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The Past Unveiled: A Brief History of Cremation

Although cremation has gained popularity in recent years, it is hardly a new practice. In fact, historians date the earliest cremation ceremonies all the way back to the 8000 B.C. in China. The Chinese were not the only ones employing the method; cremation was widespread among the Vikings in Scandinavia, the Greeks in the Hellenic heyday, and among the Romans during the height of the Roman Empire.

So what happened to curb the popularity of the practice? Christianity. The idea that the body is sacred and made in God’s image permeated Europe, reaching far and wide. Additionally, the belief in resurrection with the second coming of Christ also posed a problem with cremation—if your body is not fully ready to be returned to life, you may not be able to partake of Judgment day.

While the spread of Christianity certainly had the effect of limiting cremations, it did not by any means eradicate them completely. In fact, some groups, such as the Freemasons and various other anarchic cohorts, used cremation as a way to protest the stringent rules and rituals put in place by the Catholic Church. How do you think the Catholic Church responded? By being even more strongly opposed to the burning of human remains.

What we now think of as “cremation” was not in practice until the late 1800s when the modern crematorium was devised. In that age of science and reform, cremation again gained ground as an efficient, hygienic way of burial, it was even sanctioned by Queen Victoria’s private surgeon.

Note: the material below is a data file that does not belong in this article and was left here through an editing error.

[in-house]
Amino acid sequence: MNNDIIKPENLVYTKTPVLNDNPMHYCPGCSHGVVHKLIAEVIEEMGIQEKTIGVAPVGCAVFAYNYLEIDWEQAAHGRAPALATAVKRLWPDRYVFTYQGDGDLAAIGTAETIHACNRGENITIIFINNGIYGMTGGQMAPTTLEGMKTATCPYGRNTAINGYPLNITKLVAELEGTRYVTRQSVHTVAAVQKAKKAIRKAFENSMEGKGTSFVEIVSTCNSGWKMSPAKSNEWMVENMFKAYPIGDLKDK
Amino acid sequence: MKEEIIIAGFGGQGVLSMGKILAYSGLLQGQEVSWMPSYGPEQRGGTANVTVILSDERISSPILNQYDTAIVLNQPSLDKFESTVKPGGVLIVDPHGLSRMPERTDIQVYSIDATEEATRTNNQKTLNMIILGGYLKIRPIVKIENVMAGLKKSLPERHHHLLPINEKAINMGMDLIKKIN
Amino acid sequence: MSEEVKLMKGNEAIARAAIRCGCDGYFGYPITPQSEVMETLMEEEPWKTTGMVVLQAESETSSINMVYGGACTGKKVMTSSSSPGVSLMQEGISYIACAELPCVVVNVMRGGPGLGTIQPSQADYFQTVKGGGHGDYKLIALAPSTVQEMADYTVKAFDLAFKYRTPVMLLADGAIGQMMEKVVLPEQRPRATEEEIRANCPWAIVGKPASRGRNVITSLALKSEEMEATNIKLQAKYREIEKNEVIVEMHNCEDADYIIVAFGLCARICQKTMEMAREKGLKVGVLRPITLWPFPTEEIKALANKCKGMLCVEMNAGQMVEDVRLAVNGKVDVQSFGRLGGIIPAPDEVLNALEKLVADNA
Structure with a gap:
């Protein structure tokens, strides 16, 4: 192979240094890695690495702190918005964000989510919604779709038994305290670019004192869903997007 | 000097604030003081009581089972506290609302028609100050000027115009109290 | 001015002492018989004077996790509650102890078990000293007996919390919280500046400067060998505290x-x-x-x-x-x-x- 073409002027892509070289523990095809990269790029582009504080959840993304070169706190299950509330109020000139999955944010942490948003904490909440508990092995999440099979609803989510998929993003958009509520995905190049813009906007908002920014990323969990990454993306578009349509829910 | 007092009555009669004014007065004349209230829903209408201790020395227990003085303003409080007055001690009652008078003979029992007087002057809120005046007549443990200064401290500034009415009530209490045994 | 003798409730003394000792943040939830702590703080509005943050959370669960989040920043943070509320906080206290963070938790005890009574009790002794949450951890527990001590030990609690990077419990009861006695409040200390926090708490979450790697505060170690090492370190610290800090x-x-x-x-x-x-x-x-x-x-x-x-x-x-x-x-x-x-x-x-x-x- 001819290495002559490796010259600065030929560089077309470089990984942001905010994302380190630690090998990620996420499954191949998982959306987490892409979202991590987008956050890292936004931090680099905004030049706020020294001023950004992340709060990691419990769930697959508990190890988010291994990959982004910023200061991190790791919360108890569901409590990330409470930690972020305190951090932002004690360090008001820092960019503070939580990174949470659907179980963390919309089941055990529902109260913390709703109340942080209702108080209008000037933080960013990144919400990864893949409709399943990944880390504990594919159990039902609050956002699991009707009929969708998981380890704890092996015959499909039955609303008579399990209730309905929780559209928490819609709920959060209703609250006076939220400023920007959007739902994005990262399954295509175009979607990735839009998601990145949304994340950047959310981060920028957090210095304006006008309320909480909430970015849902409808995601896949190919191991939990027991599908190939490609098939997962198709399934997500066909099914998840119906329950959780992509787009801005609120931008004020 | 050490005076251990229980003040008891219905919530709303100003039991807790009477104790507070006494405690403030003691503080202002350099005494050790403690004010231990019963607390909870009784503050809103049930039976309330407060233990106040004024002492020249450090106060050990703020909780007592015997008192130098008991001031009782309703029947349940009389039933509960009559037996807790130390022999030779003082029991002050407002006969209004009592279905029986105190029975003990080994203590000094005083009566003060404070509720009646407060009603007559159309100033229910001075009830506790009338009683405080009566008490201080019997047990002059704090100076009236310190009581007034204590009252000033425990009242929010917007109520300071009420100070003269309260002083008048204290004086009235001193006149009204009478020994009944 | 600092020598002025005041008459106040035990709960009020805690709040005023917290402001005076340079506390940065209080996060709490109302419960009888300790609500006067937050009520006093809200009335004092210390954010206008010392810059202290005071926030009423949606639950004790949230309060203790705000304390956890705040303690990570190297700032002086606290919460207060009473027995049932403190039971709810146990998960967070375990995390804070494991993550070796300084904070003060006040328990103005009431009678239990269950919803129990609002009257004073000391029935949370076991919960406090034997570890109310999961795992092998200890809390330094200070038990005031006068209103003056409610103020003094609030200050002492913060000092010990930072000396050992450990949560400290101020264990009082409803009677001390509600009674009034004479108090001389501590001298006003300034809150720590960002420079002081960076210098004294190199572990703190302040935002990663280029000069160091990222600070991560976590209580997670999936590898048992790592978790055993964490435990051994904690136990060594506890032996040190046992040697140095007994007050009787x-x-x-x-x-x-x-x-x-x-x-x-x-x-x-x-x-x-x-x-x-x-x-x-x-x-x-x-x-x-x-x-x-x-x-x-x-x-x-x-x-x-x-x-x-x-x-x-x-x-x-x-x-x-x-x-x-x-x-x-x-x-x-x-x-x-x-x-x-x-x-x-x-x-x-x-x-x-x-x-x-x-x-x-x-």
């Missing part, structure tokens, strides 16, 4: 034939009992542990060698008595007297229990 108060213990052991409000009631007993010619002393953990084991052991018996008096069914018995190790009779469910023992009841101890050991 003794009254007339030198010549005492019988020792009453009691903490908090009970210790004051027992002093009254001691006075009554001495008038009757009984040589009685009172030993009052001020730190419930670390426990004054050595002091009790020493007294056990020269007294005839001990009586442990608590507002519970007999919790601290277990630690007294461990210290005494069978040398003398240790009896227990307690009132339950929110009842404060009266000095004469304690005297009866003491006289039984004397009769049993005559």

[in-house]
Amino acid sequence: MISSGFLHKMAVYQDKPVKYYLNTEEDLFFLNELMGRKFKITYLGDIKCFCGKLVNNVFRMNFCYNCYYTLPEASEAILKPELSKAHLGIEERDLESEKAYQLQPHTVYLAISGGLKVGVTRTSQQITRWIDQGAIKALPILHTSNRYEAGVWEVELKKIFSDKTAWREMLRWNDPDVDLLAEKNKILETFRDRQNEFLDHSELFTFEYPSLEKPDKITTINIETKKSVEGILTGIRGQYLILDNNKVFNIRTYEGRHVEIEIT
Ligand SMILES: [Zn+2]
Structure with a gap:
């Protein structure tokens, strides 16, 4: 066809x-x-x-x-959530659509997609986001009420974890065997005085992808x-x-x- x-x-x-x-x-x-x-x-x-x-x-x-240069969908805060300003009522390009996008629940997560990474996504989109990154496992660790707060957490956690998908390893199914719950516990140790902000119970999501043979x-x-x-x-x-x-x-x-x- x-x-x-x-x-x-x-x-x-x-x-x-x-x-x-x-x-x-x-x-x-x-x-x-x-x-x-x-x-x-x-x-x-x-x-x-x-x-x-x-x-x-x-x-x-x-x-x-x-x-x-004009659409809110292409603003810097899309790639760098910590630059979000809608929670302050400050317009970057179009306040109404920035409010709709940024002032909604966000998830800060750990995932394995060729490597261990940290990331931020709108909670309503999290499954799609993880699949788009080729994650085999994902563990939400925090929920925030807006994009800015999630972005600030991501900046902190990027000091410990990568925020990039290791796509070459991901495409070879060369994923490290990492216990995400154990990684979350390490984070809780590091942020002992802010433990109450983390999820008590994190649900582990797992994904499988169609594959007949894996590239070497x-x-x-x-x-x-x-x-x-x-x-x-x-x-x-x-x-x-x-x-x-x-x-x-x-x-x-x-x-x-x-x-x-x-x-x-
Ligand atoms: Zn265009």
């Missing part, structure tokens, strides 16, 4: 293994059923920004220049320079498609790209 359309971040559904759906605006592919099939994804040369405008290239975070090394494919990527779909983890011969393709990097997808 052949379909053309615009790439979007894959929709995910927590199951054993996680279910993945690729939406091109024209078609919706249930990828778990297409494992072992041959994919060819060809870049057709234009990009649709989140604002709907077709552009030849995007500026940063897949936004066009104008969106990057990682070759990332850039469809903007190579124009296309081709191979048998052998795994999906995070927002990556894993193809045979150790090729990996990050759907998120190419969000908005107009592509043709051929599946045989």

In some parts of the world cremation is a matter of cost-efficiency and pragmatism, while in others it is a vital part of ritual and symbolic farewell. For example Switzerland, one of the countries consistently ranked as the happiest in the world, currently buries over three quarters of its deceased through cremation—an example of Westernized practicality. Meanwhile in India, Hindu practitioners use open-air cremation as a way to lead the dead into their next life, a fully functional ideology that allows for closure.

While it continues to grow in popularity, cremation still holds a certain mystery in our society, yet many seek to dispel the myths and embrace the facts—this is a viable, safe and effective way to say goodbye to your loved one. What do you think? Are there specific reasons why you would chose cremation over a standard burial? Or vice versa?

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